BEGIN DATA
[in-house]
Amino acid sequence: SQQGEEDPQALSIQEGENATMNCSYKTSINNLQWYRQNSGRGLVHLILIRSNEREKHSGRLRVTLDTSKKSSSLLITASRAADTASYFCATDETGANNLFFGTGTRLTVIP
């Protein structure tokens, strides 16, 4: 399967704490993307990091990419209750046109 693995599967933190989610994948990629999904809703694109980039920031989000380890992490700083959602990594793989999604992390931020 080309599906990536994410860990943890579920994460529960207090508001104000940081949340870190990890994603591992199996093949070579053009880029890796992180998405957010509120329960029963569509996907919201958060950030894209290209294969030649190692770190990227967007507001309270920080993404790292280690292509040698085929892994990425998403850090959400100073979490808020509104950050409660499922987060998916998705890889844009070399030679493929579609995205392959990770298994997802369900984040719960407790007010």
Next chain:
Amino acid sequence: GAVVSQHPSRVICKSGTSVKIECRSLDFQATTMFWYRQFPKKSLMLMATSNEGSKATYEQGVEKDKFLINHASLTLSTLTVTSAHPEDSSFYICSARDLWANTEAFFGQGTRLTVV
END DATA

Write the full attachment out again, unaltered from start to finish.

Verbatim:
[in-house]
Amino acid sequence: SQQGEEDPQALSIQEGENATMNCSYKTSINNLQWYRQNSGRGLVHLILIRSNEREKHSGRLRVTLDTSKKSSSLLITASRAADTASYFCATDETGANNLFFGTGTRLTVIP
């Protein structure tokens, strides 16, 4: 399967704490993307990091990419209750046109 693995599967933190989610994948990629999904809703694109980039920031989000380890992490700083959602990594793989999604992390931020 080309599906990536994410860990943890579920994460529960207090508001104000940081949340870190990890994603591992199996093949070579053009880029890796992180998405957010509120329960029963569509996907919201958060950030894209290209294969030649190692770190990227967007507001309270920080993404790292280690292509040698085929892994990425998403850090959400100073979490808020509104950050409660499922987060998916998705890889844009070399030679493929579609995205392959990770298994997802369900984040719960407790007010």
Next chain:
Amino acid sequence: GAVVSQHPSRVICKSGTSVKIECRSLDFQATTMFWYRQFPKKSLMLMATSNEGSKATYEQGVEKDKFLINHASLTLSTLTVTSAHPEDSSFYICSARDLWANTEAFFGQGTRLTVV